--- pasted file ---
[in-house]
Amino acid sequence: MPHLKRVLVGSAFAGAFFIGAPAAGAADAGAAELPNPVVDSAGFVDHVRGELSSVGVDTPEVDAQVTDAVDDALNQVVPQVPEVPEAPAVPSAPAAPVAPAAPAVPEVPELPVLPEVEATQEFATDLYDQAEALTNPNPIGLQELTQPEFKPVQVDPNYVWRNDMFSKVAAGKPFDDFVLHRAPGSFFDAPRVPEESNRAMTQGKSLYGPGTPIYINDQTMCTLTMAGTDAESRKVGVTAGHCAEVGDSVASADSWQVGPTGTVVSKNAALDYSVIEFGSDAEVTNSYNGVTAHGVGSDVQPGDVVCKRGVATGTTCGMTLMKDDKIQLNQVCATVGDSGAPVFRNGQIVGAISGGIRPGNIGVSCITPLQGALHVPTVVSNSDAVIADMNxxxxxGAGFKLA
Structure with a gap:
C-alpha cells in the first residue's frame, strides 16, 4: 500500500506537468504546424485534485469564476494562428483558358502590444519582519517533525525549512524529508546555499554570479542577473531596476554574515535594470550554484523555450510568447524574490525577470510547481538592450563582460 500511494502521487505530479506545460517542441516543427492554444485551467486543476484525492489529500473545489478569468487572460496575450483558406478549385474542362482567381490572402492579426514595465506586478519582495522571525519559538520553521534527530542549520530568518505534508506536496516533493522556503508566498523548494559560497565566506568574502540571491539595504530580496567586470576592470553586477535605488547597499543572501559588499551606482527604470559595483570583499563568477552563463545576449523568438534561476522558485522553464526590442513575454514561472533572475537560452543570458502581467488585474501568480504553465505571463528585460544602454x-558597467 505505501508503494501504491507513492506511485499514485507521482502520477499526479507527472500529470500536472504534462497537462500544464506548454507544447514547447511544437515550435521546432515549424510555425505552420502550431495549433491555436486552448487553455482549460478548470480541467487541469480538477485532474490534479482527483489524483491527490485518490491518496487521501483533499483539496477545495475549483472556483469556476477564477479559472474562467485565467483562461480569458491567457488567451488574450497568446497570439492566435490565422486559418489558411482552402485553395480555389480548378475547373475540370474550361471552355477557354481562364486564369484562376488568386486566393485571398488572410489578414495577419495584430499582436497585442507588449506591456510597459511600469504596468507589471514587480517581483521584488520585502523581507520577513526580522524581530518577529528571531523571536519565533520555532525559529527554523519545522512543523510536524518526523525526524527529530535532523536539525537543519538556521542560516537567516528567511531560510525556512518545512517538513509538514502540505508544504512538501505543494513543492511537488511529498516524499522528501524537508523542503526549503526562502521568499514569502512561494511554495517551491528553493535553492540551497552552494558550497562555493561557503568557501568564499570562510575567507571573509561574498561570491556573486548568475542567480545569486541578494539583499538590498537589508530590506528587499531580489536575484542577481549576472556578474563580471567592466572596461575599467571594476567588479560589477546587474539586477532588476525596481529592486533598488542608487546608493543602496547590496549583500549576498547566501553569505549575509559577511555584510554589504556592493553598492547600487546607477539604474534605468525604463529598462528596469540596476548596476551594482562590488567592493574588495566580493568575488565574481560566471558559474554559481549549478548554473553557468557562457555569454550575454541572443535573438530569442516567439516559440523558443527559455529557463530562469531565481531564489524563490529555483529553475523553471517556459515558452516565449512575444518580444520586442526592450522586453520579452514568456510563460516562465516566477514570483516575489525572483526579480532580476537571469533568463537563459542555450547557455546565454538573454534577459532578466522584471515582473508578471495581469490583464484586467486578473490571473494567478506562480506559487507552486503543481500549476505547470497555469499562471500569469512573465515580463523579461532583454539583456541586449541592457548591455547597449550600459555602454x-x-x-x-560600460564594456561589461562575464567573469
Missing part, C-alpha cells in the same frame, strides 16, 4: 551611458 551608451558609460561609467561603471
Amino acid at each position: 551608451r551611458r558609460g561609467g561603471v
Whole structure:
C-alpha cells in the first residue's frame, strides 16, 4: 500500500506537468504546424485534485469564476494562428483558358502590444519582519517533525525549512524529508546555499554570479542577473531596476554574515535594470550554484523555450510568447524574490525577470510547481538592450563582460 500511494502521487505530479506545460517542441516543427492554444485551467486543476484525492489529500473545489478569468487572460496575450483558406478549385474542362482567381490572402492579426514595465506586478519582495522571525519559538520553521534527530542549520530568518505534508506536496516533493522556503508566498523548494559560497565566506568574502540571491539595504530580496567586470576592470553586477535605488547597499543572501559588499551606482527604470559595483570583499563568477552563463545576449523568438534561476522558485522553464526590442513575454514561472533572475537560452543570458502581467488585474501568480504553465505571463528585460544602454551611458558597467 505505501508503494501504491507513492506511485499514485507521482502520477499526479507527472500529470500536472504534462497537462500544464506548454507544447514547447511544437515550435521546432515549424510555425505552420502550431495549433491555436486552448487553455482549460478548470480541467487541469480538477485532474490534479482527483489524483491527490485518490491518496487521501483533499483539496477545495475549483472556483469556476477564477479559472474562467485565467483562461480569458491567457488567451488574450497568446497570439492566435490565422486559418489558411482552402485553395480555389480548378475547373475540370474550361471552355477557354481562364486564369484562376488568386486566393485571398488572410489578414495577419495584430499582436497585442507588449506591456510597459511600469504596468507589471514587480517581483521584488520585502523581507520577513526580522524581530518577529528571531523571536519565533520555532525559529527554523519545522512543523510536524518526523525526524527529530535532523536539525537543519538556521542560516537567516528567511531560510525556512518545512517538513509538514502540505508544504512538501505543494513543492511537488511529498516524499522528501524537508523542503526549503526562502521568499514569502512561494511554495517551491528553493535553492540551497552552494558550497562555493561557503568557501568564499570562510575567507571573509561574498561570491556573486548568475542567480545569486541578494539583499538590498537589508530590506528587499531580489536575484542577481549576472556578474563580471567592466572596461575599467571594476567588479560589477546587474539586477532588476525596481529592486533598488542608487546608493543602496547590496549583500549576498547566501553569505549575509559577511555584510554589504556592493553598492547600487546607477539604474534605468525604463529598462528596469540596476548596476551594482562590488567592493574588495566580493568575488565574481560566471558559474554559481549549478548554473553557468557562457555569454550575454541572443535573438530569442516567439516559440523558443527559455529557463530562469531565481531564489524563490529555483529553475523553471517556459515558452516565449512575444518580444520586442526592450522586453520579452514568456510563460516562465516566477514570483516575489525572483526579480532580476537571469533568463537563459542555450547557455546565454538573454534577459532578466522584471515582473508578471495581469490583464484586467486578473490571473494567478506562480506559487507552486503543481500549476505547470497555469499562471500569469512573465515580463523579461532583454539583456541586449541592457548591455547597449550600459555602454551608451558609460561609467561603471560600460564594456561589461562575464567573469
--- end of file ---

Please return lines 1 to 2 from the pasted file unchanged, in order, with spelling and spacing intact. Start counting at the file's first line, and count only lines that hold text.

[in-house]
Amino acid sequence: MPHLKRVLVGSAFAGAFFIGAPAAGAADAGAAELPNPVVDSAGFVDHVRGELSSVGVDTPEVDAQVTDAVDDALNQVVPQVPEVPEAPAVPSAPAAPVAPAAPAVPEVPELPVLPEVEATQEFATDLYDQAEALTNPNPIGLQELTQPEFKPVQVDPNYVWRNDMFSKVAAGKPFDDFVLHRAPGSFFDAPRVPEESNRAMTQGKSLYGPGTPIYINDQTMCTLTMAGTDAESRKVGVTAGHCAEVGDSVASADSWQVGPTGTVVSKNAALDYSVIEFGSDAEVTNSYNGVTAHGVGSDVQPGDVVCKRGVATGTTCGMTLMKDDKIQLNQVCATVGDSGAPVFRNGQIVGAISGGIRPGNIGVSCITPLQGALHVPTVVSNSDAVIADMNxxxxxGAGFKLA